In the early studies related to the use of lignin for phenolic resins manufacturing, different types of unmodified lignins, which were obtained directly from the pulping liquor, were investigated. However, a current trend is to use modified lignins in order to increase their reactivities towards formaldehyde (Alonso et al. 2001; El Mansouri et al. 2006, 2007; Hu et al.2011;Mancera et al. 2011; Jung et al. 2015; Fernandez-Rodriguez et al. 2017).There are several modification methods such as demethylation, reduction, oxidation, and hydrolysis that have been studied to improve the reactivity of lignin as well as to produce phenolic compounds from lignin (Hu et al. 2011; Diop et al. 2015; Ma et al. 2016; Norambuena et al. 2016; Li et al.2018). Among all of the modification treatments that increase reactive sites in lignin, the phenolation and hydroxymethylation modifications are the most studied and effective for formulation of phenolic resins (Nada et al. 1987; Allan et al. 1989; Sellers et al. 1994; Alonso et al. 2004 and2005; Yang et al. 2014; Podschun et al. 2015; Jiang et al. 2018). The modified lignin from these later methods could partially replace phenol in phenol-formaldehyde resin synthesis.

Some of the lignins that have been used in phenolic resins are derived from annual plants such as flax (Tejado et al. 2007, 2008), or kenaf (Yan2009), and agricultural waste such as sugar cane bagasse and wheat straw (Hoareau et al. 2006; Ghorbani et al. 2016; Tachon et al. 2016). However, there has been little research published on the preparation and characterization of phenol formaldehyde resin using alkaline rice straw lignin. Thus, the main objective of this work is to prepare and characterize a modified phenol-formaldehyde resins using hydroxymethylated alkaline lignin from rice straw as a substitute of petroleum-based phenol. The prepared resins were characterized, and the obtained results were discussed according to the specifications of resins applied for plywood manufacturing.



The alkaline lignin (AL) used for the preparation of hydroxymethylated lignin was supplied by South China University of Technology, Guangzhou, China. This lignin was produced by ShangDong QuanMing Paper Making Co. Ltd. by the alkaline process using sodium hydroxide and Na2CO3from rice straw.

This lignin was purified by its treatment with sulfuric acid (1%) several times and washed extensively with hot water to remove the inorganic substances and solubilize the residual sugars (El Mansouri et al.2006 and 2011a).The formaldehyde (35to40% aqueous solution) and phenol (99%), used in this work were purchased from Sigma Aldrich and used as received.

Hydroxymethylation of Lignin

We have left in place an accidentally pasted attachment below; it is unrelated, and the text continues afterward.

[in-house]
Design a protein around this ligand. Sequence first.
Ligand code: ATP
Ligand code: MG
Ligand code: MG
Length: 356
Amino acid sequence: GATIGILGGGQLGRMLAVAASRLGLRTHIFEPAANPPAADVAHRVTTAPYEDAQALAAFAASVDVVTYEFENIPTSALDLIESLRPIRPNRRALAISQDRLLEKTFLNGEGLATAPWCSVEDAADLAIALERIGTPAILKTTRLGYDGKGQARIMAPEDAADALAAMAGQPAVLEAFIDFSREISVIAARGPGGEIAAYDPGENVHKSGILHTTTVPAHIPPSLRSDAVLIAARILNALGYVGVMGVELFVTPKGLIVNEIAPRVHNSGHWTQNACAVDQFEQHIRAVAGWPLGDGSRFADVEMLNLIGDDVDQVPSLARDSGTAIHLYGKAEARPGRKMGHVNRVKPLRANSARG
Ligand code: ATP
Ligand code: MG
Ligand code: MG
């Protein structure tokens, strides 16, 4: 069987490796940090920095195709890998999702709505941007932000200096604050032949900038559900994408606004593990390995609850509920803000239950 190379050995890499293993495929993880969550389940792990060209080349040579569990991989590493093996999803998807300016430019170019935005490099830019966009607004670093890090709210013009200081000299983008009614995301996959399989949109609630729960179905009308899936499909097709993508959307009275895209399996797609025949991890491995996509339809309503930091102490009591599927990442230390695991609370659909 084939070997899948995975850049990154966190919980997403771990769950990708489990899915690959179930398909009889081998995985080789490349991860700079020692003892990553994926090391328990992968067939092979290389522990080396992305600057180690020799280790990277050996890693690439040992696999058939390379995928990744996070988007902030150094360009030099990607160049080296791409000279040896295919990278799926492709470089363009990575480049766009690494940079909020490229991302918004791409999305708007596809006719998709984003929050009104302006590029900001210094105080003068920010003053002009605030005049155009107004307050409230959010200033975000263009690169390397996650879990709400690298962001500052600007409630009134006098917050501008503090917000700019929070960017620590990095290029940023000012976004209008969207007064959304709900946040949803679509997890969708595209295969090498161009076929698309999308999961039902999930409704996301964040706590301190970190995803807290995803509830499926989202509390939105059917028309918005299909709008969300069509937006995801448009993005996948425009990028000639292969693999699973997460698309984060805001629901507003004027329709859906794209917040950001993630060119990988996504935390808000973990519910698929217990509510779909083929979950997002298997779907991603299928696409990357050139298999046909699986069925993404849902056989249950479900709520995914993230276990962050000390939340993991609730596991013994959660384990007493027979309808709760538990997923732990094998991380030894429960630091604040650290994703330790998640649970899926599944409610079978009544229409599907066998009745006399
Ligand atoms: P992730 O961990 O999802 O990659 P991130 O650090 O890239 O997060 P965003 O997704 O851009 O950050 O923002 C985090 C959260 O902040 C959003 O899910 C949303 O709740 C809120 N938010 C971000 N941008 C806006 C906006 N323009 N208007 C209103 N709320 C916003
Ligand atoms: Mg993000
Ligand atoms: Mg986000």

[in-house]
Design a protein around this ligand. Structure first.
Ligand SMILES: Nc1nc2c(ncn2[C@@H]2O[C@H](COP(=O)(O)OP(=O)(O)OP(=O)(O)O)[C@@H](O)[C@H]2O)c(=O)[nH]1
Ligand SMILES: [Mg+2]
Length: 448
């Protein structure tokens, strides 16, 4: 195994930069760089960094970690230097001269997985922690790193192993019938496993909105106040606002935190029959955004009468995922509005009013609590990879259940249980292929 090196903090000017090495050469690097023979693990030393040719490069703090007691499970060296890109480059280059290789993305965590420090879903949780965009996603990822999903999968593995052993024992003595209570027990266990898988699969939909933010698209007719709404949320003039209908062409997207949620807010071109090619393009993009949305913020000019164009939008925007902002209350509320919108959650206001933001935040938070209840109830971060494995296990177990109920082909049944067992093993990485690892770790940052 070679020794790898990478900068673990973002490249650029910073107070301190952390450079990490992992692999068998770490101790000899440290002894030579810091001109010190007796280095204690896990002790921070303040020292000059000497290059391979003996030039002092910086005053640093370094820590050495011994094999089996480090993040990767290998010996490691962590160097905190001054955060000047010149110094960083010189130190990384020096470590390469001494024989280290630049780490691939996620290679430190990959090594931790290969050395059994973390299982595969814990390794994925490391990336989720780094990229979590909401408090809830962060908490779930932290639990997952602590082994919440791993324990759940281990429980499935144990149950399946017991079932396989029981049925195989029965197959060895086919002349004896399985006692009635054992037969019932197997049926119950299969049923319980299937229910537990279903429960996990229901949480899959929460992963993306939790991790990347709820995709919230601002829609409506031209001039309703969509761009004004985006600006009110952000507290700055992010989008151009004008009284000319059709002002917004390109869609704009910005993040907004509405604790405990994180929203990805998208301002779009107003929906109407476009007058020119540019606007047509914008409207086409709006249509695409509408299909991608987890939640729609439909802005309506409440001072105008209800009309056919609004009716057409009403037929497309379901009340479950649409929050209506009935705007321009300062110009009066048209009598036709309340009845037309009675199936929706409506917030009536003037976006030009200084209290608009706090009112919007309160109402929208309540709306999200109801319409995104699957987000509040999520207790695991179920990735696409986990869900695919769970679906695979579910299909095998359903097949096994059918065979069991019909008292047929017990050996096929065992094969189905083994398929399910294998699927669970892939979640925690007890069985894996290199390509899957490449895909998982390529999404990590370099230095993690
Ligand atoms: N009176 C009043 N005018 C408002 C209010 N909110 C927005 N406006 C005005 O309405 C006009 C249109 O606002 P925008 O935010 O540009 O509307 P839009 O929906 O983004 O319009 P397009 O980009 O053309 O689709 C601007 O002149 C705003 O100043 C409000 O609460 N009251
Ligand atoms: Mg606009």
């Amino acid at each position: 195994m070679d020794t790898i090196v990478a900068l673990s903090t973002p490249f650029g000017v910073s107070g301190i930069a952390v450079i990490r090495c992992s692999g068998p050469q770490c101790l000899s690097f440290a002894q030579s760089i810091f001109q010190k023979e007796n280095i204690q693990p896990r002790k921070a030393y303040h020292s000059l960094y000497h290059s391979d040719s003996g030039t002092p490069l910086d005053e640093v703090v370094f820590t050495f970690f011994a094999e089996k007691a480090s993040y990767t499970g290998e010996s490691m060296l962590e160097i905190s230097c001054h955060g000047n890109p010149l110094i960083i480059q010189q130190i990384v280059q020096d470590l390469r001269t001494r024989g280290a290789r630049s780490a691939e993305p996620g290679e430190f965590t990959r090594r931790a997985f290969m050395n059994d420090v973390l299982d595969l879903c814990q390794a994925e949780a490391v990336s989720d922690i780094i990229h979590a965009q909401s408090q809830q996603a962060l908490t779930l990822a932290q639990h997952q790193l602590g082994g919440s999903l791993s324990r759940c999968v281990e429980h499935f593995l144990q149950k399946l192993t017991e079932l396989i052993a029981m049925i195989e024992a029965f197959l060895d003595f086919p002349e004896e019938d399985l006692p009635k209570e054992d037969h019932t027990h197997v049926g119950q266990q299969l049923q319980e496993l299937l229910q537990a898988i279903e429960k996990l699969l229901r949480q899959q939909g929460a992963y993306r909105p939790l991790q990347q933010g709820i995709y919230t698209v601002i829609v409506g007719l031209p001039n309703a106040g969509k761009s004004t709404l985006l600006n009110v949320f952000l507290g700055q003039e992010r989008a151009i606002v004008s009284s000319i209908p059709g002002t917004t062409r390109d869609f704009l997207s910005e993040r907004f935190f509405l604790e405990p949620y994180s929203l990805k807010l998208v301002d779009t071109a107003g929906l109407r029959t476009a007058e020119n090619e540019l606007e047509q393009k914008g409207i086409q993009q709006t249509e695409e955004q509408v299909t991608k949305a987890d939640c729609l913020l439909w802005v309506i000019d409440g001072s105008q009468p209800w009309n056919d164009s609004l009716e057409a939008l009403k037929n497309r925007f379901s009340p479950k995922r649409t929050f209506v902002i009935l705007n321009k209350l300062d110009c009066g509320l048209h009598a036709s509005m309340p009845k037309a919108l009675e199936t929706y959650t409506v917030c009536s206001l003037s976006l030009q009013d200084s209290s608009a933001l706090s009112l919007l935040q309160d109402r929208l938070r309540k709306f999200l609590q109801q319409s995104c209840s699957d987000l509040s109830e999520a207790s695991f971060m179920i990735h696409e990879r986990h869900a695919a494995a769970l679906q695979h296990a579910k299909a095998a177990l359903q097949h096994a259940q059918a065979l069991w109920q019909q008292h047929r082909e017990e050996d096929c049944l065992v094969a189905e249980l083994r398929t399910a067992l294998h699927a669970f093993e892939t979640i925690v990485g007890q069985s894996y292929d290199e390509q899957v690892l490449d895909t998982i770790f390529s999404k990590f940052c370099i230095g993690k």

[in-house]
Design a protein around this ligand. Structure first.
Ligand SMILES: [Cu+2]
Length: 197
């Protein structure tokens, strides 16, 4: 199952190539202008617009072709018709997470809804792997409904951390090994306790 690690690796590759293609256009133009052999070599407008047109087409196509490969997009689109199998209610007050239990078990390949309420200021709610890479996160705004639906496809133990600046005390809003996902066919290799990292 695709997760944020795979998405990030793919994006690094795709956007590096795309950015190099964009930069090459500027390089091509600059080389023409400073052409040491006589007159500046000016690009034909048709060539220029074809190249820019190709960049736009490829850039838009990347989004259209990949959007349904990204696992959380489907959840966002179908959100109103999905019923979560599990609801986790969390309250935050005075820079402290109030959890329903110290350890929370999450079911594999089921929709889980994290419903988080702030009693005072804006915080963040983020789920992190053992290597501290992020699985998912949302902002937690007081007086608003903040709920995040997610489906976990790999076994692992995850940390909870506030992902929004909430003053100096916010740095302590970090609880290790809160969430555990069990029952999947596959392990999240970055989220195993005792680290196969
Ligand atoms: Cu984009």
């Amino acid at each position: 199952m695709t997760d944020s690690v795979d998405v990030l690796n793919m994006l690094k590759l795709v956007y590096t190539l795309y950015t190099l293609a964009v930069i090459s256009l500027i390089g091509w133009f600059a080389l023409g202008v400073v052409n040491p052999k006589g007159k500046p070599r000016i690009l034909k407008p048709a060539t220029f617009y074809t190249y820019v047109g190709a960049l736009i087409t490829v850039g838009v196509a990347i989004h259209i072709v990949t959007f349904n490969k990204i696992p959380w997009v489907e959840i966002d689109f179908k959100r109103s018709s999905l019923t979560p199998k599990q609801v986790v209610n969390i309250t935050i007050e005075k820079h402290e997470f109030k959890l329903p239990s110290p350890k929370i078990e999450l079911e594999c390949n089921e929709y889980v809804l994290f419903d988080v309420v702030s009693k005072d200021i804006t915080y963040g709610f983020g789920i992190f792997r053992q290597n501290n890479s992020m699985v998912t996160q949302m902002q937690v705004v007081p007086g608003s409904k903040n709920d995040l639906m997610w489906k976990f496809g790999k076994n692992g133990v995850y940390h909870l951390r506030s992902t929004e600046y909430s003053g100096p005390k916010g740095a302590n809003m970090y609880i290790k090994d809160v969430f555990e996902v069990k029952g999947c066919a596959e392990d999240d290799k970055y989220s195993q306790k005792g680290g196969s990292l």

Lignin powder was slowly added to NaOH solution, keeping the pH of the mixed solution between 12 and 13 for better dissolution of the lignin powder, which was facilitated by vigorous stirring with an overhead stirrer. A molar ratio of NaOH to lignin of 0.8 was used, which resulted in a final pH of 12.3. A glass flask equipped with a condenser, a thermometer, and an overhead stirrer was charged with the above solution, and then formaldehyde aqueous solution was added according to the molar ratios of formaldehyde to lignin of1.0.

The obtained mixture was heated to 50ºC and kept at this temperature for 8 h according to the optimum conditions reported in our previous research works on lignin hydroxymethylation (El Mansouri et al. 2011b).

Synthesis of Phenol-formaldehyde Resins

The prepared hydroxymethylated lignin was copolymerized with phenol and formaldehyde at 80 ºC in a glass flask equipped with a condenser, a thermometer to control temperature, and an overhead stirrer. A total of 11lignin-phenol formaldehyde (LPF) resins, as indicated in Table 1,were prepared by varying the replacement percentage of phenol by hydroxymethylated lignin (%L) between 20and50%, the mass ratio of formaldehyde/(phenol+lignin)[F/(PL) between 1.8 and 2.6,and the ratio of sodium hydroxide/(phenol plus lignin)[S/(P+L)] between 1.0 and 1.4.A 2x2x2 factorial design with a three repeated central points was applied in order to quantify the effect of those parameters on the resins properties. The reaction was monitored by measuring the viscosity at 25ºC with viscosimeter and halted when the resin viscosities reached 300 to 400 mPas. The obtained resins were cooled and stored at lower temperature pending to analysis. The diagram of the entire experimental protocol is shown in Fig.2.

Resins Characterization

The prepared resins were characterized according to gel time, solids content, viscosity, and free formaldehyde.The values for these parameters must be in agreement with commercial resins specifications applied for plywood.

Fig. 2. Diagram of the experimental protocol

Gel Time

The used apparatus for gel time determination operates in accordance with ISO 9396 B. A test tube equipped with a plunger was filled with 10 g of unmodified and modified phenolic resins and then placed in an oil bath under a constant temperature of 130°C.The resin was mixed at short time intervals and the gel point was reached when the plunger could not be moved up.

Solid Content

Solid content was determined by gravimetry from the weighted amount of resin before and after drying the resin samples at 150 °C for 30 min.


The viscosities of both unmodified and modified liquid phenol formaldehyde resol resins were determined using a Brookfield viscosimeter at 30 rpm at 25 °C.

Free Formaldehyde